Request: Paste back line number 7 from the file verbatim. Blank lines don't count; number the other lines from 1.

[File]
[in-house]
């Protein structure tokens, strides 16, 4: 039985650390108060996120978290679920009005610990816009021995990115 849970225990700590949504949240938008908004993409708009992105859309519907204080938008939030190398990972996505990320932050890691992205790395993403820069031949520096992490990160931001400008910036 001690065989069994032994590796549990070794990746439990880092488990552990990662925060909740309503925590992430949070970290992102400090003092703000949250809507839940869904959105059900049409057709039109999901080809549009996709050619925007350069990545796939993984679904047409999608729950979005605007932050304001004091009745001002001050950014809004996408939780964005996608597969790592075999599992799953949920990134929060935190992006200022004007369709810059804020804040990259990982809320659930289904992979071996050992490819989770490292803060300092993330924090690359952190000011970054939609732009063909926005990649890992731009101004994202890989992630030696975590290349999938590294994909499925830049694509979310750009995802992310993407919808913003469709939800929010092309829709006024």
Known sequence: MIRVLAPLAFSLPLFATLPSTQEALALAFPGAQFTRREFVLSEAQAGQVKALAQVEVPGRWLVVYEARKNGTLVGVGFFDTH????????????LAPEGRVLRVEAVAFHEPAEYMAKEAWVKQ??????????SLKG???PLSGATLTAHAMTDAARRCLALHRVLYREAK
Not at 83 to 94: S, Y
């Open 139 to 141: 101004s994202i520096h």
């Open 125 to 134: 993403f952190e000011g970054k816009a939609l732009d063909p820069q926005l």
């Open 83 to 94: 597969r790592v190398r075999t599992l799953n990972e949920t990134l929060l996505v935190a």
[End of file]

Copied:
């Open 83 to 94: 597969r790592v190398r075999t599992l799953n990972e949920t990134l929060l996505v935190a």